Fieldwork in Sicily - Case Bastione

I’m sitting here writing this on my laptop, on the patio of a rustic farm villa, with a lovely view of the mountains and checkerboard fields, sipping an espresso. Actually, I’ll probably be posting it at a later date, given that there is no internet up here in the lovely quiet hills, no sounds apart from the odd bleating goat and chirping swallow. Yes, it’s the best time of the year again; fieldwork time! I’m allowed to gloat at these surroundings, I’ve endured everything from 2 months sleeping on a floor with no mattress to 3 weeks with no electricity or running water. That means getting washed = a bucket of cold water over the head. But not this year! This year I’m working at a site called Case Bastione in central Sicily. I’m here as a geoarchaeology specialist, but also as a supervisor for our students from Newcastle University. The project is run by Italian archaeologist Enrico Giannitrapani, along with Newcastle’s Andrea Dolfini, and dates from the early Copper Age to Bronze Age, with some later Byzantine/Medieval stuff as well. I’ll write more about the site itself in the next few days, as I learn about it myself!

Having spent the best part of 10 years going to hot and dry places every summer, Sicily is more like the ‘fieldwork’ I’m used to, in a way that working in the UK is not. I think what I mean is that there’s ‘fieldwork’, and there’s ‘travel’. Until 2013 I’d always experienced the two as a combination. In contrast, my recent work in Orkney is fieldwork, but doesn’t feel like travelling; the weather, food, culture, the daily routine, are pretty much the same as home. Working in Sicily is very different from working in the UK. I’m definitely the sort of person that likes the heat, though this week we’ve been sitting between 25-30 which is pretty cool for this time of the year. And oh the food! Needless to say, the catering has been pretty amazing. We’re staying in the small town of Villarosa, and our pottery specialist has family connections with a wonderful local restaurant. In terms of digging, it feels very familiar here. In terms of the sediment and environment, it’s quite similar to the near east. There are lots of dry, dusty deposits, and so full of bone and pottery (though to be fair, in terms of UK archaeology, Orkney is about the only place where you’ll get close to this level of finds!).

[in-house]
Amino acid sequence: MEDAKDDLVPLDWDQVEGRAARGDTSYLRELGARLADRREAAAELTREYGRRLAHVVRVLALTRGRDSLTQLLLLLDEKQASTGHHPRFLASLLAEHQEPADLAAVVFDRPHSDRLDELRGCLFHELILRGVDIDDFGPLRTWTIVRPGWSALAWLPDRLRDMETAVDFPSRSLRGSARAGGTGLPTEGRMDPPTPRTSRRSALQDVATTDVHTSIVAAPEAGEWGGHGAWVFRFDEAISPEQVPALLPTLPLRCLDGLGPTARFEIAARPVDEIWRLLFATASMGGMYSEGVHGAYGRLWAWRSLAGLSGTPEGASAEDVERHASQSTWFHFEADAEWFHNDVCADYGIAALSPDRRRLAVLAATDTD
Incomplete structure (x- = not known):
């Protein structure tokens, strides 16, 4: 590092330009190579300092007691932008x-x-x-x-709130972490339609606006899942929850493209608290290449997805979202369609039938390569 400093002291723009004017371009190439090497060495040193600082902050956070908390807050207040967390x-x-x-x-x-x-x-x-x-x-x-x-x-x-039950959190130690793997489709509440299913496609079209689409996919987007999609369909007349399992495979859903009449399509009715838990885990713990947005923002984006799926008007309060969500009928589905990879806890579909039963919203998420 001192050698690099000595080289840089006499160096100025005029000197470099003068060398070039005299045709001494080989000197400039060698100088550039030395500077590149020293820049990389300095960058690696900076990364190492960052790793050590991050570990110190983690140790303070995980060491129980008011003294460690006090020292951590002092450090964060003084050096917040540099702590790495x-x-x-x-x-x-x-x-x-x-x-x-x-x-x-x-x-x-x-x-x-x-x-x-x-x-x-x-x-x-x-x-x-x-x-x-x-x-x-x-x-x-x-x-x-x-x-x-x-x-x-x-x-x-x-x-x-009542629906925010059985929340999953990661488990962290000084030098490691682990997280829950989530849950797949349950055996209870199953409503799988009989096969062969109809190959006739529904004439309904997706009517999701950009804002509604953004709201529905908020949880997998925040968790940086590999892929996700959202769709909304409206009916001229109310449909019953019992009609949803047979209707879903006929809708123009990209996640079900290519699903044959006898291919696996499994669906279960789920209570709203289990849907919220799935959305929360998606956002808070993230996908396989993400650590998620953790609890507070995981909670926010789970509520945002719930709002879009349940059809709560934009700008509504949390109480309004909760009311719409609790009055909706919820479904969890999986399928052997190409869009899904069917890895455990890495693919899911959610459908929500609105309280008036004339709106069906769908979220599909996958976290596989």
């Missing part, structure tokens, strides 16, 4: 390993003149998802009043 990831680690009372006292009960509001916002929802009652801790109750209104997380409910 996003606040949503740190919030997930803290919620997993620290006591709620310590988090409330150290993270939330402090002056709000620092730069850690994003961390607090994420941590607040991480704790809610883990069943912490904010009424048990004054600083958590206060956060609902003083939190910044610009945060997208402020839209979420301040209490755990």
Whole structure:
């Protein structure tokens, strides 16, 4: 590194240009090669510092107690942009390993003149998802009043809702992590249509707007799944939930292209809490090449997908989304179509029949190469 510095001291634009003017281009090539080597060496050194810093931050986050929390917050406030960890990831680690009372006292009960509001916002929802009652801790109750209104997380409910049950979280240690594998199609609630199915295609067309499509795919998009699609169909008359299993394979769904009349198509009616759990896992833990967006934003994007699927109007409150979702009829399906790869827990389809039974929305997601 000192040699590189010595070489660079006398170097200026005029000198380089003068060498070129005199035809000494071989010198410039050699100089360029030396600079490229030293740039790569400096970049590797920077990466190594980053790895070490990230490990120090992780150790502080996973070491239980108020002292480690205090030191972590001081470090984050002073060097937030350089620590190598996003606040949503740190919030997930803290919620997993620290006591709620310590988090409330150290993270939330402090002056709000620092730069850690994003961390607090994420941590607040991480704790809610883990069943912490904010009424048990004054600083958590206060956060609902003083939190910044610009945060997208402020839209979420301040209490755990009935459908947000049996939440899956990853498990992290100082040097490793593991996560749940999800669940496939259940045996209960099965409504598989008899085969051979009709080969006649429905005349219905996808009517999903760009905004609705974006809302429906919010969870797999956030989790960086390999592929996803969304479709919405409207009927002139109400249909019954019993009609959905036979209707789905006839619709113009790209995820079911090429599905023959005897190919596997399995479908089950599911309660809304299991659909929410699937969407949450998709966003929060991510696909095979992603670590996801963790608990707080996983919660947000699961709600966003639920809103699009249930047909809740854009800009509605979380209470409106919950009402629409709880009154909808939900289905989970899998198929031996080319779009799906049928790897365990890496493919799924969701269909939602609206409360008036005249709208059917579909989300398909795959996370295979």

This is the first time I’ve been on fieldwork where I’ve been independently in charge of a process, rather than just popping in to take samples as is usually the case. It’s funny how one day you wake up and realise that you actually know what you’re talking about.  I can even teach people how to do this thing, and direct groups of people to do this thing more efficiently! For the past few days I’ve been overseeing the sieving of all the topsoil, along with Newcastle PhD student Raphael Hermann. Not the most exciting of tasks in the grand scheme of things, but it’s been surprisingly good fun. It feels so exhilarating being back in the field, and for many of the students here, this is their first ever experience on a real dig. Their enthusiasm is great to see, and even a bit contagious. I can’t remember the last time I got excited about finding badly eroded bone or a random potsherd from a huge mound of topsoil, but hearing the excitement when someone finds said bit of bone and pot, and watching as they begin to see the difference between worked flint and random rocks, you’re reminded that this is actually quite cool. That being said, it would be more cool to get through the topsoil as quickly as possible so we can get onto the really exciting archaeological layers!